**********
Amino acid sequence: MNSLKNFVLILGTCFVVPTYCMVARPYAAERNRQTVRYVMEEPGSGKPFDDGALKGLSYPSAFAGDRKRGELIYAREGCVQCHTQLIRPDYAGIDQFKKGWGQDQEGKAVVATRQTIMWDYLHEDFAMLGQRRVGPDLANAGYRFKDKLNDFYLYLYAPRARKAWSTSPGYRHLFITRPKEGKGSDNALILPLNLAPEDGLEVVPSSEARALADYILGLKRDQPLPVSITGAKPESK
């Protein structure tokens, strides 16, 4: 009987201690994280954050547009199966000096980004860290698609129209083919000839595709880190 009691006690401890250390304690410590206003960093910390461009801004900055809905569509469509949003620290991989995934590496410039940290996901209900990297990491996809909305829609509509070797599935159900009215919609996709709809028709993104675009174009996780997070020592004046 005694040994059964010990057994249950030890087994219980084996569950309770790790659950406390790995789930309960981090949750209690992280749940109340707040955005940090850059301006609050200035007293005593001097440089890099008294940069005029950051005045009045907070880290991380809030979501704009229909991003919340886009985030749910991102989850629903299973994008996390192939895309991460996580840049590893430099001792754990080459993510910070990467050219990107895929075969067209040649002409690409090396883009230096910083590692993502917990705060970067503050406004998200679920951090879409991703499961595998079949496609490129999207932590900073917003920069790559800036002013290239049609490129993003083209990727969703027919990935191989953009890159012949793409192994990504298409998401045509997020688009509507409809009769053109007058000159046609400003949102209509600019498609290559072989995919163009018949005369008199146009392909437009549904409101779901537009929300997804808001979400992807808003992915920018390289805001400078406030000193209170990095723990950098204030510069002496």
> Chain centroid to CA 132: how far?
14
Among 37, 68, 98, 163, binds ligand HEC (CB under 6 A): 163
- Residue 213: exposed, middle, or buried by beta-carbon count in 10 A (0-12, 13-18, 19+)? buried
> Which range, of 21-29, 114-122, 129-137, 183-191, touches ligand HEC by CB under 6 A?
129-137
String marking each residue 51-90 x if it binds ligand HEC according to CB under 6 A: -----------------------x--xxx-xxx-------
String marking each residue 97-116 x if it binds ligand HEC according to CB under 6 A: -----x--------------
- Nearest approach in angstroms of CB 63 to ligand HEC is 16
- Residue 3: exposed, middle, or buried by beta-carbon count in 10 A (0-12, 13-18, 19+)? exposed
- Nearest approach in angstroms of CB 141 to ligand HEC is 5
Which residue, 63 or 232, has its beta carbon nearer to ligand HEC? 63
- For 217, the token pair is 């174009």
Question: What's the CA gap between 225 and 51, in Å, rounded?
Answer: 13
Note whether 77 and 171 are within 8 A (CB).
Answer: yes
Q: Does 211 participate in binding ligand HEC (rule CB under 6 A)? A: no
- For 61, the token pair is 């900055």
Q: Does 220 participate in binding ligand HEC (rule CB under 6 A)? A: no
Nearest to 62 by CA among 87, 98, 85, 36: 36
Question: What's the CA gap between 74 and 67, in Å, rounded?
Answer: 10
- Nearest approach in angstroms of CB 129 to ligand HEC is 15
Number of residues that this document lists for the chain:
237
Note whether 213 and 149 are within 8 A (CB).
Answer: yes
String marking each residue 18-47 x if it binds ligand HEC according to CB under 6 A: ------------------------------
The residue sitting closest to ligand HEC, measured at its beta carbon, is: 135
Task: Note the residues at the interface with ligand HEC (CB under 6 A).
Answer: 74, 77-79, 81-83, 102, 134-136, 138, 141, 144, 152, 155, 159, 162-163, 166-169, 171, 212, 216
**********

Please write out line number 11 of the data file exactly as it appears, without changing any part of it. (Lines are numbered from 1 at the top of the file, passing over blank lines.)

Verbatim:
- Nearest approach in angstroms of CB 63 to ligand HEC is 16